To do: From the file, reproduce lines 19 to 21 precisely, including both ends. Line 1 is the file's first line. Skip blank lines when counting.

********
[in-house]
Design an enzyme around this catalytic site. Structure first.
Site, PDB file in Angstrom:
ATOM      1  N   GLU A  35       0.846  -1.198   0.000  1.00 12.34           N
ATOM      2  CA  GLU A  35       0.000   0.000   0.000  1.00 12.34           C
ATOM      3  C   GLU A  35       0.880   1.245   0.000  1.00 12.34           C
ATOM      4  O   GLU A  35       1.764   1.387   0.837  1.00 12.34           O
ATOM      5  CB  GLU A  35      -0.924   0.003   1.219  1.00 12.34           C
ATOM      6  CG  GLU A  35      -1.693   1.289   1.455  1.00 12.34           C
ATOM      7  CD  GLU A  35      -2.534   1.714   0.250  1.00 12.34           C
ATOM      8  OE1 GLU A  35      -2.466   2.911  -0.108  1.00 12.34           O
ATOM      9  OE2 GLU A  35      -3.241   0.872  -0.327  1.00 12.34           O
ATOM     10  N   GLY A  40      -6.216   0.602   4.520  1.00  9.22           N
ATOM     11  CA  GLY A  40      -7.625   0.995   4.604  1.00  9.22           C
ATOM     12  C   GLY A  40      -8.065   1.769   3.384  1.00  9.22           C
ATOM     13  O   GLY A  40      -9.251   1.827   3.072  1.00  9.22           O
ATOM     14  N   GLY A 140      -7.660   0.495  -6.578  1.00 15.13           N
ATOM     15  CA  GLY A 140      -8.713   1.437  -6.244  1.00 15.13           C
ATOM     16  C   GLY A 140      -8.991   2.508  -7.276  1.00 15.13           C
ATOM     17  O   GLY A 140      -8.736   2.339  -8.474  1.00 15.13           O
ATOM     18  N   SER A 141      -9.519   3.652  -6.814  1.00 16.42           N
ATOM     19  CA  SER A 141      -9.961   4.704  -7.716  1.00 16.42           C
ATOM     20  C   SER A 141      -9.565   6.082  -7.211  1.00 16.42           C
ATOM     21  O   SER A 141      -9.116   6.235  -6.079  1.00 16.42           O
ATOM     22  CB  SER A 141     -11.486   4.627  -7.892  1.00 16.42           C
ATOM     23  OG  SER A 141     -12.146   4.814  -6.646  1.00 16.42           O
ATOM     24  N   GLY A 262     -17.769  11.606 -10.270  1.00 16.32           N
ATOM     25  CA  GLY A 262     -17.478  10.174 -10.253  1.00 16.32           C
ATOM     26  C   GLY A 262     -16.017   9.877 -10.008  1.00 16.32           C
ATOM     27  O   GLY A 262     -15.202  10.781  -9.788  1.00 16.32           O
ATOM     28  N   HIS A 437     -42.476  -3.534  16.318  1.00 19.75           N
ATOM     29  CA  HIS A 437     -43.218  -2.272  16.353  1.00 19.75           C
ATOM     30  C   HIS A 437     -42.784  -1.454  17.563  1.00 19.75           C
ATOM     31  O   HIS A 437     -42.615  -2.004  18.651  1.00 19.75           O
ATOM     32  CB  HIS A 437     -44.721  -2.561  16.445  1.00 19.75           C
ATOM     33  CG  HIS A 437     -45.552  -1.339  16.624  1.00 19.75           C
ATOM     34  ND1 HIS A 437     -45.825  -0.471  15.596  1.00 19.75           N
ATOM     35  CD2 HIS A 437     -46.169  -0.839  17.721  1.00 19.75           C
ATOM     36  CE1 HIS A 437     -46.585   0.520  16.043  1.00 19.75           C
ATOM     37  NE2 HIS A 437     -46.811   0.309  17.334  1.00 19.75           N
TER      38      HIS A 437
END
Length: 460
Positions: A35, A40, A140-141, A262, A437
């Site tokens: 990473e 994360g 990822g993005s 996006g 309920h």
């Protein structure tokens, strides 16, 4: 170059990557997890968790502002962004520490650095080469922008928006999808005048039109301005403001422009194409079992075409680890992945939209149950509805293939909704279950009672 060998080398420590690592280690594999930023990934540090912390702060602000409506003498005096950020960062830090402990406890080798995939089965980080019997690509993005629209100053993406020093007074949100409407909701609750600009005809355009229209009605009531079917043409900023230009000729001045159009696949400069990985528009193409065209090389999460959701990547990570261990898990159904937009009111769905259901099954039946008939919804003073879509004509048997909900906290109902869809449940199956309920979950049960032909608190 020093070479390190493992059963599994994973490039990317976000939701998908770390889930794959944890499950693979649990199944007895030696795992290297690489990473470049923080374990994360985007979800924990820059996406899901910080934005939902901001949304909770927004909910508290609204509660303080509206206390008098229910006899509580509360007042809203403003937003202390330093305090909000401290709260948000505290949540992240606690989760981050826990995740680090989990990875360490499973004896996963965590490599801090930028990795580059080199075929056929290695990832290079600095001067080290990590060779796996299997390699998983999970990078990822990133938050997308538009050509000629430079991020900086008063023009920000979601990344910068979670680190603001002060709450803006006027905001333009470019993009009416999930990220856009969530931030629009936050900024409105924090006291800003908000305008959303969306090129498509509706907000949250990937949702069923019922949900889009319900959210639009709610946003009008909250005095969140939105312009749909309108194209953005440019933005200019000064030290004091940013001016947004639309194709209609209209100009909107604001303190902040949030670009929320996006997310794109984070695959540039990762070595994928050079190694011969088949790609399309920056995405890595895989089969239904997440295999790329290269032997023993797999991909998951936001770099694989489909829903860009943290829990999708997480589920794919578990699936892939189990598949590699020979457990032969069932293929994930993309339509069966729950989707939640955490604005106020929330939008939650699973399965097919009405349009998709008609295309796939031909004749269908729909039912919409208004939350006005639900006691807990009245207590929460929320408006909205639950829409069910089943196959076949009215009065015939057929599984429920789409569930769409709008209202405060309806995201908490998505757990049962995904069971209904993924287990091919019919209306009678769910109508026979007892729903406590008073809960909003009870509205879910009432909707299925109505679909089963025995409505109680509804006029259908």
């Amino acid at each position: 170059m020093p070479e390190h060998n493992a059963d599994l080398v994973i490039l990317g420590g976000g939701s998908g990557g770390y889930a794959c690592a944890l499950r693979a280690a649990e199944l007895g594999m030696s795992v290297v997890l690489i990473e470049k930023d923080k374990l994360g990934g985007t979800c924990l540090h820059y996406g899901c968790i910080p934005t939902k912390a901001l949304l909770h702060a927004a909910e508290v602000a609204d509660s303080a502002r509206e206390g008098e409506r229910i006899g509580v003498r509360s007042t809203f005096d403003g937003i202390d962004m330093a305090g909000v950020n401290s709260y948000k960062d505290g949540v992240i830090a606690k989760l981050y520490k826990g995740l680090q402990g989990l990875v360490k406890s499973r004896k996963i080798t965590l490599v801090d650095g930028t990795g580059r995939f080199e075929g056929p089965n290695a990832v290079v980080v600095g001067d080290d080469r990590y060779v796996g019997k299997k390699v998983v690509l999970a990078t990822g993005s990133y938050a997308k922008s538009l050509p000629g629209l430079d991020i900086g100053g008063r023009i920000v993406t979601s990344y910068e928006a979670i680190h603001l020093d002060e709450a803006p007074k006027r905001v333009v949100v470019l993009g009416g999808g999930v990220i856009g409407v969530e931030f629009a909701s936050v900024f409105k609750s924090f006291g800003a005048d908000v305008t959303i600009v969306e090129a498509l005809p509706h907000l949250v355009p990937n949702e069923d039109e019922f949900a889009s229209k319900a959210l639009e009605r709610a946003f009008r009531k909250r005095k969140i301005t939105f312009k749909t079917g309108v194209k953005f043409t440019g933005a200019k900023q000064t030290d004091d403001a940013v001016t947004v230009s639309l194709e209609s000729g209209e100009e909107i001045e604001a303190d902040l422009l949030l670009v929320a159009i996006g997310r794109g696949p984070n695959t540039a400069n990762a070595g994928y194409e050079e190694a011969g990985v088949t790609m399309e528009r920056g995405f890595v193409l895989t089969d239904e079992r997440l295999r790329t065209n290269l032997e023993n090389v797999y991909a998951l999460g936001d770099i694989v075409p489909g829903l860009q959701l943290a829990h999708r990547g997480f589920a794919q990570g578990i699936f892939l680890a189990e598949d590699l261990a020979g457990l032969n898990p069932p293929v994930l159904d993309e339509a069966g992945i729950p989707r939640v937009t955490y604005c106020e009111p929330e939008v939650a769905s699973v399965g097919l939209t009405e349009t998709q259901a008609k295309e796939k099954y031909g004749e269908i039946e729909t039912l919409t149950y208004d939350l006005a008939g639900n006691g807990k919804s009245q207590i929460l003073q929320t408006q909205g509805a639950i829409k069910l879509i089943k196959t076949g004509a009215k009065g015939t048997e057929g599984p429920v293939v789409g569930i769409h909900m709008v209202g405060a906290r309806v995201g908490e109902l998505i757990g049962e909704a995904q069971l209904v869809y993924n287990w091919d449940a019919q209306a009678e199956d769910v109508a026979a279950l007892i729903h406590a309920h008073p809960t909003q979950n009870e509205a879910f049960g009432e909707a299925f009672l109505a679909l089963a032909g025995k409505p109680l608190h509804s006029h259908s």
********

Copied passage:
ATOM     16  C   GLY A 140      -8.991   2.508  -7.276  1.00 15.13           C
ATOM     17  O   GLY A 140      -8.736   2.339  -8.474  1.00 15.13           O
ATOM     18  N   SER A 141      -9.519   3.652  -6.814  1.00 16.42           N